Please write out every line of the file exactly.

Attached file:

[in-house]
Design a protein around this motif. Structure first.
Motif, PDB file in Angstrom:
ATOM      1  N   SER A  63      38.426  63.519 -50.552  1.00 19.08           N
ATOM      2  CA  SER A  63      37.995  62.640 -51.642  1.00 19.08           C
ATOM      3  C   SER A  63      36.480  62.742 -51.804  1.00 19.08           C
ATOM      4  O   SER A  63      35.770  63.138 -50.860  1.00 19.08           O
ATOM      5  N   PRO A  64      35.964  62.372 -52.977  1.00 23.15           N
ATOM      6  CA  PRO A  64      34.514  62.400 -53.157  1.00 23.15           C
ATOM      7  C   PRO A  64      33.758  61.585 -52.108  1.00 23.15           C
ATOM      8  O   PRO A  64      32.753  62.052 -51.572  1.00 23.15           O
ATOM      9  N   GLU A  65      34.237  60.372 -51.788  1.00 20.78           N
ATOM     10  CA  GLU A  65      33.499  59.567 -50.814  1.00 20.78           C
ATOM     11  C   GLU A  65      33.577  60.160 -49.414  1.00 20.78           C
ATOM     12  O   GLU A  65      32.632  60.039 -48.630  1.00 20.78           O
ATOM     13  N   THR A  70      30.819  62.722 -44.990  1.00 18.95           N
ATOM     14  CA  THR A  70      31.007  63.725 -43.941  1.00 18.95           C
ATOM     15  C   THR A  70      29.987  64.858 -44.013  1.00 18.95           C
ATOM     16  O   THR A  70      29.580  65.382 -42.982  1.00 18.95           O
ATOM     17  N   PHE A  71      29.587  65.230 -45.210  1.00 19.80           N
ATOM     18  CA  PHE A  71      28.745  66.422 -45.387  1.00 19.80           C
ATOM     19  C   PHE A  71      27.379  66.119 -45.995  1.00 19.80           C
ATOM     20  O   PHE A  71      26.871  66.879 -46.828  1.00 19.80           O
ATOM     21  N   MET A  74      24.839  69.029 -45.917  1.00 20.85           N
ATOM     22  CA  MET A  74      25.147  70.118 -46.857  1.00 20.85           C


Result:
[in-house]
Design a protein around this motif. Structure first.
Motif, PDB file in Angstrom:
ATOM      1  N   SER A  63      38.426  63.519 -50.552  1.00 19.08           N
ATOM      2  CA  SER A  63      37.995  62.640 -51.642  1.00 19.08           C
ATOM      3  C   SER A  63      36.480  62.742 -51.804  1.00 19.08           C
ATOM      4  O   SER A  63      35.770  63.138 -50.860  1.00 19.08           O
ATOM      5  N   PRO A  64      35.964  62.372 -52.977  1.00 23.15           N
ATOM      6  CA  PRO A  64      34.514  62.400 -53.157  1.00 23.15           C
ATOM      7  C   PRO A  64      33.758  61.585 -52.108  1.00 23.15           C
ATOM      8  O   PRO A  64      32.753  62.052 -51.572  1.00 23.15           O
ATOM      9  N   GLU A  65      34.237  60.372 -51.788  1.00 20.78           N
ATOM     10  CA  GLU A  65      33.499  59.567 -50.814  1.00 20.78           C
ATOM     11  C   GLU A  65      33.577  60.160 -49.414  1.00 20.78           C
ATOM     12  O   GLU A  65      32.632  60.039 -48.630  1.00 20.78           O
ATOM     13  N   THR A  70      30.819  62.722 -44.990  1.00 18.95           N
ATOM     14  CA  THR A  70      31.007  63.725 -43.941  1.00 18.95           C
ATOM     15  C   THR A  70      29.987  64.858 -44.013  1.00 18.95           C
ATOM     16  O   THR A  70      29.580  65.382 -42.982  1.00 18.95           O
ATOM     17  N   PHE A  71      29.587  65.230 -45.210  1.00 19.80           N
ATOM     18  CA  PHE A  71      28.745  66.422 -45.387  1.00 19.80           C
ATOM     19  C   PHE A  71      27.379  66.119 -45.995  1.00 19.80           C
ATOM     20  O   PHE A  71      26.871  66.879 -46.828  1.00 19.80           O
ATOM     21  N   MET A  74      24.839  69.029 -45.917  1.00 20.85           N
ATOM     22  CA  MET A  74      25.147  70.118 -46.857  1.00 20.85           C